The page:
On September 2, 2004, Minister of Communications in South Africa made an announcement that value added network service providers (VANS) can carry voice using any protocol with effect from February 1, 2005. This is indeed a milestone for the telecommunications industry in South Africa as the law makers have acknowledged that because of technological developments there is no longer any difference in the transmission of voice, video and data and thus voice no longer needs to be carried via Telkom fixed line infrastructure and may very well be carried via the internet protocol. Before, the market was monopolized by the country’s major fixed-line operator, Telkom, and consumers had no choice but to adhere to its pricing.
As connectivity services improve in a country, businesses and individuals get greater access to local and international resources and contacts, which will ultimately contribute to more productivity for South African businesses. Not too long ago, the National Long Distance (NLD) consortium finished the first 700km phase of its fibre optic Internet expansion in South Africa. The NLD's fibre optic network will reach hundreds of thousands of residential and business customers all over South Africa.
This new network will deliver high quality Internet service to new areas. Fibre optic Internet is 100 times faster than average Internet speeds, and represents one of the most sophisticated technologies on the market in connectivity technologies.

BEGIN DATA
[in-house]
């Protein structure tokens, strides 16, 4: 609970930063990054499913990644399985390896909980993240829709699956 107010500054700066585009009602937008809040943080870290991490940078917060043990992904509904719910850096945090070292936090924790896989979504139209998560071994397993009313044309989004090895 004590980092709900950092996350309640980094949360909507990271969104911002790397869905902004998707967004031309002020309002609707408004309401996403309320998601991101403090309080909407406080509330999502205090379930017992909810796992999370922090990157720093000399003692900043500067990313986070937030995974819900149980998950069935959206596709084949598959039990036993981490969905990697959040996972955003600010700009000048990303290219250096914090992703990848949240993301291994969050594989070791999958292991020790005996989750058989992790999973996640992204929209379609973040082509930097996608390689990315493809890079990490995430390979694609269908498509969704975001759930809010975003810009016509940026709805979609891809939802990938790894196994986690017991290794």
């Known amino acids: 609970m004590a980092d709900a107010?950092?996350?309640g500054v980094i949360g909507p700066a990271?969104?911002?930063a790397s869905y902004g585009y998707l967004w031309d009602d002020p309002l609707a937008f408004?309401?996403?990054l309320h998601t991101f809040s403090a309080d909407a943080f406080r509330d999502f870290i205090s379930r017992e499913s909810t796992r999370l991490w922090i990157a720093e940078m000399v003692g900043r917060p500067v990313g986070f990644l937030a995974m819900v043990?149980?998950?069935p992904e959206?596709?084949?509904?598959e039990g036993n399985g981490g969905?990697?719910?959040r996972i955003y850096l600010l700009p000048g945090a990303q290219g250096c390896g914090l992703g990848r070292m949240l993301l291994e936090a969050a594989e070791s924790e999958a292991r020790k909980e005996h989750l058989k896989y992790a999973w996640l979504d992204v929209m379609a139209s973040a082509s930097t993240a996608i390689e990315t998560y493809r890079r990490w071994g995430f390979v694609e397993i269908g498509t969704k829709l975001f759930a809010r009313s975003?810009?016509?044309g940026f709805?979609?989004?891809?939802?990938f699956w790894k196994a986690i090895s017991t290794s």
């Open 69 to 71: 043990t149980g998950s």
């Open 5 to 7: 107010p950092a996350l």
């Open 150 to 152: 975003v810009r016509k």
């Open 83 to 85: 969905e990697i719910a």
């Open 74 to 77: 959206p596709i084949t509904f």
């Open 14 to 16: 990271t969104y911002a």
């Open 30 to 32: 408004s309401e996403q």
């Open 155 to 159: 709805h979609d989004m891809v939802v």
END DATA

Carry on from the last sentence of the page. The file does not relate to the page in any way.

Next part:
As more South Africans get high speed Internet, more may be able to get VoIP phone service as well. VoIP ( Voice over Internet Protocol) is the acronym that refers to voice over internet protocol (VoIP) which permits the movement of voice traffic over an internet protocol-based network. IP is a standard for data transmission based on packet-switching technology. Voice is broken into a series of packets at the transmitting end. The components are then reassembled and decoded at the receiving device. In a nutshell, this technology provides for internet telephony.
Availability of Internet in South Africa means that some people who have never had regular phone service before may be able to get VoIP. It's much easier to get a VoIP phone line than to install an analogue phone line, since the infrastructure that is needed for VOIP is bundled with your current network architecture and Internet service, so there is no need to hire technicians for installation or to invest in expensive equipment. Therefore, VoIP may be a cost-effective alternative for people who had previously been unable to get phone service.
VoIP would be a great choice for many South Africans because:
• All of the infrastructure needed for VoIP is included in Internet service, so as soon as these people get new high speed Internet connectivity, they will have all they need for VoIP.
• VoIP phone service is inexpensive, and will represent only a small additional monthly cost after the cost of subscribing for Internet service.
• VoIP is unlimited. People who get VoIP will have access to unlimited calling minutes to any other number in the country, and sometimes in the world.
• Customers do not need to buy lots of expensive hardware for VoIP, or hire technicians to install anything. Getting set up is very easy, and many people who already have older phones may still be able to use them.
Although the Internet will become more readily available to customers, there are still a few obstacles that either deter customers from using VoIP, or force VoIP providers to charge higher rates for service.
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